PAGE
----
Tokyo 2020 will forever be known as the spectatorless Olympics, a beautiful spectacle of sport performed in silent stadiums in front of only a handful of people.
Amid all the pandemonium created by the COVID-19 pandemic, international spectators were banned in March from attending the Olympics, but there was still hope that domestic spectators would be able to attend the Games in limited numbers.
That hope vanished on July 9 — two weeks before the opening ceremony — when Prime Minister Yoshihide Suga announced that Tokyo would enter a fourth state of emergency due to increasing COVID-19 cases, and Olympic venues in the capital and its neighboring prefectures would be barred from admitting spectators.
Who then would attend the Games in person? A handful of journalists, Olympic delegation members and representatives of the International Olympic Committee: A privileged few to witness the bizarre spectacle of elite sport played in vast, empty stadiums.
The lack of fans was most noticeable at the bigger venues such as Tokyo’s Ajinomoto Stadium, which hosted the Olympic rugby sevens. In October 2019, the same stadium had been the site of the quarterfinals of the Rugby World Cup, and the difference could not have been more stark. During that event, not a single seat stood empty, and a vast, excited, unmasked and international crowd roared in support of the athletes on the field.
In 2021? Prerecorded crowd noises were piped into the 50,000-seat arena, trying — though failing — to generate the same sense of atmosphere and occasion. The rugby was still beautiful and the celebrations of the Fiji team when they won gold were delightful, but the backdrop of empty seats was a constant reminder of the sad reality of these Games.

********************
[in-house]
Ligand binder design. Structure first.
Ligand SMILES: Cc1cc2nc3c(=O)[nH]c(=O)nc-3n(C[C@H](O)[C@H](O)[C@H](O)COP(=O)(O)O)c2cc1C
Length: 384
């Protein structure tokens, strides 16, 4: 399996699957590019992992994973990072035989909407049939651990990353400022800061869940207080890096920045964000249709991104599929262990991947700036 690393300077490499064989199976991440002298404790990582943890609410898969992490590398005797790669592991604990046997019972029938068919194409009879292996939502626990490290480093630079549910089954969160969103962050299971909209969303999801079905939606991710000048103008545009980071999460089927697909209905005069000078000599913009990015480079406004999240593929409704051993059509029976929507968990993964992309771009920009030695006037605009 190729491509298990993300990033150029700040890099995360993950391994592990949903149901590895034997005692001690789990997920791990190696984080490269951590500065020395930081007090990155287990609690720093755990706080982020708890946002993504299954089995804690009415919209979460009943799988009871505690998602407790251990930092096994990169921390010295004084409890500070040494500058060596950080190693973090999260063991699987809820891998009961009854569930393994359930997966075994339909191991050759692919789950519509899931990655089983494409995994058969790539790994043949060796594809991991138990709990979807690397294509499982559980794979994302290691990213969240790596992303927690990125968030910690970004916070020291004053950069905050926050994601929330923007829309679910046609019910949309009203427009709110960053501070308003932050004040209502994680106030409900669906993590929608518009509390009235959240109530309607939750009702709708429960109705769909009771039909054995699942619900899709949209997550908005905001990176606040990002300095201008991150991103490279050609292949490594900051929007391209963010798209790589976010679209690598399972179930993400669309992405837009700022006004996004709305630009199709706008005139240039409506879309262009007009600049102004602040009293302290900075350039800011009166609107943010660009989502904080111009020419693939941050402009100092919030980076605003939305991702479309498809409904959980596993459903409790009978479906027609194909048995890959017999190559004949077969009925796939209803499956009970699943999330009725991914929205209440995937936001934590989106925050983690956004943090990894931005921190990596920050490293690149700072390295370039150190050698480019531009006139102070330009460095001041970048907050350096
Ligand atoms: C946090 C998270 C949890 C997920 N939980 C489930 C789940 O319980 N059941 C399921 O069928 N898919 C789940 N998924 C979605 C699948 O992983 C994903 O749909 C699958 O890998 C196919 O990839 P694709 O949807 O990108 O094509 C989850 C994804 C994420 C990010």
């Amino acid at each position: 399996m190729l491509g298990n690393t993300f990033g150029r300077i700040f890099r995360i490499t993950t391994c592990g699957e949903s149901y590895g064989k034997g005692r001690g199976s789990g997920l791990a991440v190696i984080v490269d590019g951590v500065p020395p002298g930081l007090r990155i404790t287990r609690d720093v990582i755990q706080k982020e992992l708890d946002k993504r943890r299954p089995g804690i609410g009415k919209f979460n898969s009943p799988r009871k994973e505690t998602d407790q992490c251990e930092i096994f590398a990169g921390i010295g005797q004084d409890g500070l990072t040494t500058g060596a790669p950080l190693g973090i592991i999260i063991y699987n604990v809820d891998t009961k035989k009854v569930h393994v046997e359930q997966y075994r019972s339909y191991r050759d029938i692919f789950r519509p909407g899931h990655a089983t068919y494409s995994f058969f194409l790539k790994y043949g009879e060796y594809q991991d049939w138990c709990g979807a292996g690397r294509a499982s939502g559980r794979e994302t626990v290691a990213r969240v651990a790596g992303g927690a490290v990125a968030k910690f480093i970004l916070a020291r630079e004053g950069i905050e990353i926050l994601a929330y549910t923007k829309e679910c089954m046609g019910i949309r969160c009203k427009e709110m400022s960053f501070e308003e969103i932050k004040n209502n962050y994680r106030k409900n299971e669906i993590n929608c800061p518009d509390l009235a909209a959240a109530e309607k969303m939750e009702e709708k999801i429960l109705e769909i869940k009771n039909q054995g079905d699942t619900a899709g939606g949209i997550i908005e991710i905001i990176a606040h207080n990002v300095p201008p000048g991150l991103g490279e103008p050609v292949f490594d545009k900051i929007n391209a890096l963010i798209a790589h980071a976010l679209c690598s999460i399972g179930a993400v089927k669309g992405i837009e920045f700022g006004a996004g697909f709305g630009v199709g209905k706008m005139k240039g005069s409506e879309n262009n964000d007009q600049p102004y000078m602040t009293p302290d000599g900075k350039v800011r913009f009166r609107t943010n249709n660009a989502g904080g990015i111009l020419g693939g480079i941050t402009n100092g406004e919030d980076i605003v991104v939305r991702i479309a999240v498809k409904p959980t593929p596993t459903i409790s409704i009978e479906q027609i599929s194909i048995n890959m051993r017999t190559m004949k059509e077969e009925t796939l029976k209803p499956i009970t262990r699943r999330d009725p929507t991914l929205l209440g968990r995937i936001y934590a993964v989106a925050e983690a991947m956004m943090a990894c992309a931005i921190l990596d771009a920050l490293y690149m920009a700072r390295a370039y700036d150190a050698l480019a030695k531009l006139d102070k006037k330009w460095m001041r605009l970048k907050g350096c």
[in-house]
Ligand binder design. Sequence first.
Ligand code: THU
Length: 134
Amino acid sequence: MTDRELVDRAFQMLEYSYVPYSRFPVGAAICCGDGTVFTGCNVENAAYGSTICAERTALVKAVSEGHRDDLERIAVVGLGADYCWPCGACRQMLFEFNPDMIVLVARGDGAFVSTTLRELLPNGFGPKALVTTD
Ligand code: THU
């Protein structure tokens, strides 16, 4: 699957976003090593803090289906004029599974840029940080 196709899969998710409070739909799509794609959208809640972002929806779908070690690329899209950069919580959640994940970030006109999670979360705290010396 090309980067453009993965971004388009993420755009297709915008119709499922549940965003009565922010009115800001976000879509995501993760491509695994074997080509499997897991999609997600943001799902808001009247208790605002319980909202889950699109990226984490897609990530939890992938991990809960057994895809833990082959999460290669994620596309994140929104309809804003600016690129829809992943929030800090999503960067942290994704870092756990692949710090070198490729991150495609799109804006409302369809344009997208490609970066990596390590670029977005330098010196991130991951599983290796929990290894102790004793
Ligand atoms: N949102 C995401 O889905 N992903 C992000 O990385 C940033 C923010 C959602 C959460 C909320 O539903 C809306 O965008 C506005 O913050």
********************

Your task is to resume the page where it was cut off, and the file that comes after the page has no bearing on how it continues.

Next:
Not all stadiums were empty. Venues in prefectures without states of emergency — such as the Izu Velodrome in Shizuoka Prefecture — were allowed to seat a limited number of fans, but even these lacked the electric atmosphere of past Olympics: The stadiums were at less than half capacity, and people in attendance were limited to clapping to show their support.
Perhaps the only saving grace of having no spectators — aside from the obvious reduction in Games-related COVID-19 cases — is that fans weren’t made to suffer the heat that made many of the open-air venues absolutely punishing for all present. The overwhelming heat of a Tokyo summer was a concern from the moment Tokyo made its bid for the Olympics and the weather did not fail to deliver. The temperature exceeded 35 degrees Celsius on multiple days over the two-week period of the Games, and the humidity added an extra layer of suffering for athletes competing here.
If thousands of fans had been packed into the stands, heatstroke could have made Tokyo 2020 a complete disaster. As global temperatures rise, heat is something that future host cities will have to pay close attention to as spectators return to the Games.
The Olympic Games are a festival of sport, but it should be an event that is for the public. After all, they are the ones who pay for it with their taxes, graciously giving up their cities for the Games, and they are the ones who should be able to enjoy and benefit from them most.
It is a tragedy that the public wasn’t able to see 13-year-old Momiji Nishiya win gold in skateboarding in person, that only a few people saw Gianmarco Tamberi and Mutaz Barshim share their high jumping gold in the newly built National Stadium and that fewer still were there to witness Simone Biles return to the balance beam to win bronze after her struggle with mental health issues.
As brilliant as the competition was — and it was absolutely brilliant — without spectators to share in the spectacle, the Tokyo Olympics were soulless.
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